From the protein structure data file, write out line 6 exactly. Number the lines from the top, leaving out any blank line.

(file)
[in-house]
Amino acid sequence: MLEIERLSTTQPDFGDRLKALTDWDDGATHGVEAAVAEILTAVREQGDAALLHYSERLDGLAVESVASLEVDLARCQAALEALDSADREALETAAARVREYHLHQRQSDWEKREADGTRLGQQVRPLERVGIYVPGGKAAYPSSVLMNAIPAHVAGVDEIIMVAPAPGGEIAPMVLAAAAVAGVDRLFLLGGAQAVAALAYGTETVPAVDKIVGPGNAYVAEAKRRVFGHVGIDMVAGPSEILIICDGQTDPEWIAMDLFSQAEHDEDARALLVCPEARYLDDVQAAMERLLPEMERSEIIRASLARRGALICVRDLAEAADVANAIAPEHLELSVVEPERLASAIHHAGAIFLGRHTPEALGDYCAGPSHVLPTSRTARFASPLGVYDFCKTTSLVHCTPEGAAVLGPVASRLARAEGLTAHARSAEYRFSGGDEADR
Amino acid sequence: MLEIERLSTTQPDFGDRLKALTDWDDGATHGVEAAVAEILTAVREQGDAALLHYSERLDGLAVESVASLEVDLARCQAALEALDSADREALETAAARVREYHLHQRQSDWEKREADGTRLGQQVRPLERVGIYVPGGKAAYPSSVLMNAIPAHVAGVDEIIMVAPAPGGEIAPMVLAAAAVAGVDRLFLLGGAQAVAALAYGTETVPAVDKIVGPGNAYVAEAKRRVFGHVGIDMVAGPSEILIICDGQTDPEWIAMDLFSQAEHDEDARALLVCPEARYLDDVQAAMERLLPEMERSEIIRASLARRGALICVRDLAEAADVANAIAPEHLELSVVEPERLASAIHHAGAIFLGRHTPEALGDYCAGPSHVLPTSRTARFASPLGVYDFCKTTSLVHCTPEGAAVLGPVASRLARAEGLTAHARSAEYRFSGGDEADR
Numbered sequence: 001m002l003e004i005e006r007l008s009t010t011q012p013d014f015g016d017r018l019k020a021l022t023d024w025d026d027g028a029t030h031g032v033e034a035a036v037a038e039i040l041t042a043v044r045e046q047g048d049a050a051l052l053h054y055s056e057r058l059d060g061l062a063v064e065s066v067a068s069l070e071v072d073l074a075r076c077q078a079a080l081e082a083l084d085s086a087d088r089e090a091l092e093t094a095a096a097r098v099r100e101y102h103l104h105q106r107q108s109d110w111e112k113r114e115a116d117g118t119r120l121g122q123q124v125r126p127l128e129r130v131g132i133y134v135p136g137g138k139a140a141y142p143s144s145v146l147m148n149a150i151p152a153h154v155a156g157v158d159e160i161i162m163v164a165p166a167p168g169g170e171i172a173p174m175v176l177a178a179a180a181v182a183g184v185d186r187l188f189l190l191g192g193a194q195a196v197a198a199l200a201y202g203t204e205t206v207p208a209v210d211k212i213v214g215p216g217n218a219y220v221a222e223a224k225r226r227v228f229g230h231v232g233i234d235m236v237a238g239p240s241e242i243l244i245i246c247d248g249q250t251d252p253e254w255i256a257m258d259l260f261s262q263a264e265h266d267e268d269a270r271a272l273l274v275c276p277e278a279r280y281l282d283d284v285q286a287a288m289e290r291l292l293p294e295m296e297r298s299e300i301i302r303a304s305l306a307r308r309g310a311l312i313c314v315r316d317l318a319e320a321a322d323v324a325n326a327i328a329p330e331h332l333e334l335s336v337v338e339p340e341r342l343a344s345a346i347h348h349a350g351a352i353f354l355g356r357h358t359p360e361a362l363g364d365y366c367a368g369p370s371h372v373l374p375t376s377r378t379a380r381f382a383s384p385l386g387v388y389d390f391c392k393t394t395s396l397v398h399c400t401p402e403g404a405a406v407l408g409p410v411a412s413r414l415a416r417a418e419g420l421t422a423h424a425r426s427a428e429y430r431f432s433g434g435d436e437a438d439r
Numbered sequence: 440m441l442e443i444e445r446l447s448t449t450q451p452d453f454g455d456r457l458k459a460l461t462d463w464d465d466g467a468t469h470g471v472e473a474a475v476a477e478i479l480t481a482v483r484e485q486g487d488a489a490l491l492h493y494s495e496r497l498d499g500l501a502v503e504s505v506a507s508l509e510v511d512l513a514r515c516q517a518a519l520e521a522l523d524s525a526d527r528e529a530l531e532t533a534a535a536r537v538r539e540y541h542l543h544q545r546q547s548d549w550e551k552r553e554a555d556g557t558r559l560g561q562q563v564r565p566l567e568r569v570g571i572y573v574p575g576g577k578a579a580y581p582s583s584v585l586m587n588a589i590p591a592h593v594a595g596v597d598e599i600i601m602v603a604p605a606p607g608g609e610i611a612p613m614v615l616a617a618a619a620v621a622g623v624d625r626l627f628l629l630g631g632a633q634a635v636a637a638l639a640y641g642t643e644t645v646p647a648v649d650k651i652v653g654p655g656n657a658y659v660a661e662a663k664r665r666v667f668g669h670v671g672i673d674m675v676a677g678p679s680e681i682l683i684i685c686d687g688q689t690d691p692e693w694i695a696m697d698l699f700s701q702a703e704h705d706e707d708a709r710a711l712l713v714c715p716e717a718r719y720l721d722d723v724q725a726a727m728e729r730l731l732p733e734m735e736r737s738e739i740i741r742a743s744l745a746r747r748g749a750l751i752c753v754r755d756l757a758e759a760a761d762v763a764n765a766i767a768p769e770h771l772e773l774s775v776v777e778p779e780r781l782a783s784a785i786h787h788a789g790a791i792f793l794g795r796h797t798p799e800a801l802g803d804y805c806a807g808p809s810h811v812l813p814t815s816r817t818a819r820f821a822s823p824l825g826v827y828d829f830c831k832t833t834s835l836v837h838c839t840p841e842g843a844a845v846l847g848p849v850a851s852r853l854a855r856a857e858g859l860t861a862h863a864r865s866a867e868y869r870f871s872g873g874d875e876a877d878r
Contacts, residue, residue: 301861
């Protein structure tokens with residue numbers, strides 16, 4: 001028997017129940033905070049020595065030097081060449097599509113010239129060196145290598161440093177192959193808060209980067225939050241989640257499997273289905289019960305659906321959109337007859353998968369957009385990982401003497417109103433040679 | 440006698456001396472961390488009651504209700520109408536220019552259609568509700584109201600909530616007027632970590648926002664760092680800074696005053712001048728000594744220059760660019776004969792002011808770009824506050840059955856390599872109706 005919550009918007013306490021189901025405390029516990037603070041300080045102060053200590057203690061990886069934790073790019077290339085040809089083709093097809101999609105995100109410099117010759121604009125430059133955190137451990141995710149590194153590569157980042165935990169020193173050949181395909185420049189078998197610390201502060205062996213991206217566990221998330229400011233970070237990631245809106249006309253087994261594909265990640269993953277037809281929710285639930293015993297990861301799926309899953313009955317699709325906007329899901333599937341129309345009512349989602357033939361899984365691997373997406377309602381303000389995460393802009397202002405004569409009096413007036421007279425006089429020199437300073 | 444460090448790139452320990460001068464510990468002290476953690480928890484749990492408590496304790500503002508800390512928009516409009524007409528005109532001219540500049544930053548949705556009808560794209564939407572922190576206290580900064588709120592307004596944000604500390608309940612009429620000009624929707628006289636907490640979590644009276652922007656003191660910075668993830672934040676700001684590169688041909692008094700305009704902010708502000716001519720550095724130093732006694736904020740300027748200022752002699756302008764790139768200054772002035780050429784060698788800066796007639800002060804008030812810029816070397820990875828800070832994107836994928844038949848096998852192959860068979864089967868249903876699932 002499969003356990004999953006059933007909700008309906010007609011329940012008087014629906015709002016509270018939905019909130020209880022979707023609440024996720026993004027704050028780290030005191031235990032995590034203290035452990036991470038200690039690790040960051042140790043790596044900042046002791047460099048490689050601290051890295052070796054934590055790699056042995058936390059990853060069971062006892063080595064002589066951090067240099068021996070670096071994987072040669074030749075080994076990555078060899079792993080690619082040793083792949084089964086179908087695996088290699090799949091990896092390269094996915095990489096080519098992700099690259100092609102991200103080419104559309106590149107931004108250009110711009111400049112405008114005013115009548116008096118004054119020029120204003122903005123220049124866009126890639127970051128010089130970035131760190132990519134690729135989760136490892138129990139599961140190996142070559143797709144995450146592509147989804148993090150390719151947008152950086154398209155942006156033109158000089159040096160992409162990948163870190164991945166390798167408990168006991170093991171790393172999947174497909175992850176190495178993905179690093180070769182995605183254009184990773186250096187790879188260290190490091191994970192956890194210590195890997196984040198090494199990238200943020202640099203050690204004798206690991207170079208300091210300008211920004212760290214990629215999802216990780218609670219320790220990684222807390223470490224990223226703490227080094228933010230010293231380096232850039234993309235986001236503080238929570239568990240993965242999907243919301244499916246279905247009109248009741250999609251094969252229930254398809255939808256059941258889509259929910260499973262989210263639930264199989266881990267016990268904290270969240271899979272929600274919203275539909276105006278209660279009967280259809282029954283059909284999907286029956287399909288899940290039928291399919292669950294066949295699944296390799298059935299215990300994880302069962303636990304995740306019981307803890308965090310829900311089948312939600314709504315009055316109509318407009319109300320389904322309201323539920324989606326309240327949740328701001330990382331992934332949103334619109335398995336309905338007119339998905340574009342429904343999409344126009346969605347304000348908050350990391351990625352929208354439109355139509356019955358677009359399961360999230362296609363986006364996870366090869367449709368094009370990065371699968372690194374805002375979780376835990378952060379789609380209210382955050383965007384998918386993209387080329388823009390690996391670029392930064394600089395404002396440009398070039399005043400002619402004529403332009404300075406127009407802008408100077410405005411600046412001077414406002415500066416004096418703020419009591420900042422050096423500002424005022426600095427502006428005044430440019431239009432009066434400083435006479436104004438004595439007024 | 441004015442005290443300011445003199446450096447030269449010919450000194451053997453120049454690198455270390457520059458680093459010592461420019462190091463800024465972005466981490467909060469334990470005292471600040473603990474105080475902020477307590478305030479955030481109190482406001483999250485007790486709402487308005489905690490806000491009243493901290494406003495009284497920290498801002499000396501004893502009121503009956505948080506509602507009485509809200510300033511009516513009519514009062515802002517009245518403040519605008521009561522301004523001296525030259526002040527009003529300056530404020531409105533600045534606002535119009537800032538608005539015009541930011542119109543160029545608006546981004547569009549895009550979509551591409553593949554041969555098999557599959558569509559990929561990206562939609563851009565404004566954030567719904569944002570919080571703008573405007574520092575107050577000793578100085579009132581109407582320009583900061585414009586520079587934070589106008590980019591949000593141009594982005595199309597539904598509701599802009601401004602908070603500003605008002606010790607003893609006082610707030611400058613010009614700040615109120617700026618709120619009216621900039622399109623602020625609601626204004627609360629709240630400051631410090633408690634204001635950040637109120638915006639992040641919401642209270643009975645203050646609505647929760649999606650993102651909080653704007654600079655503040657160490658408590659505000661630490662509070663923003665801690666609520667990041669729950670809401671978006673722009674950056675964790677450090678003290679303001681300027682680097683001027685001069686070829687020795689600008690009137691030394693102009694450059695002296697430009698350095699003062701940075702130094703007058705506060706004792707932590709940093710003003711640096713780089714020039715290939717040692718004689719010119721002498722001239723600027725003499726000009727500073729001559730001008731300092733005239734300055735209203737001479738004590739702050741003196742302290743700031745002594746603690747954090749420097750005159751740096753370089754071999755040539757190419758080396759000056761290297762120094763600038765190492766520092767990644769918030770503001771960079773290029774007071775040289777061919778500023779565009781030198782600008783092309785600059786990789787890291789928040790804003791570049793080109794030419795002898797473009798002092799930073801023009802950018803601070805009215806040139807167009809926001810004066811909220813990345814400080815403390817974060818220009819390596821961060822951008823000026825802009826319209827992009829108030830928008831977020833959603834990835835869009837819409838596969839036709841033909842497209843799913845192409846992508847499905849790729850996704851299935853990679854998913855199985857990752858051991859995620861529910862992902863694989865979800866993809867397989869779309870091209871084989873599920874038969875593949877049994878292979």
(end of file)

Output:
Contacts, residue, residue: 301861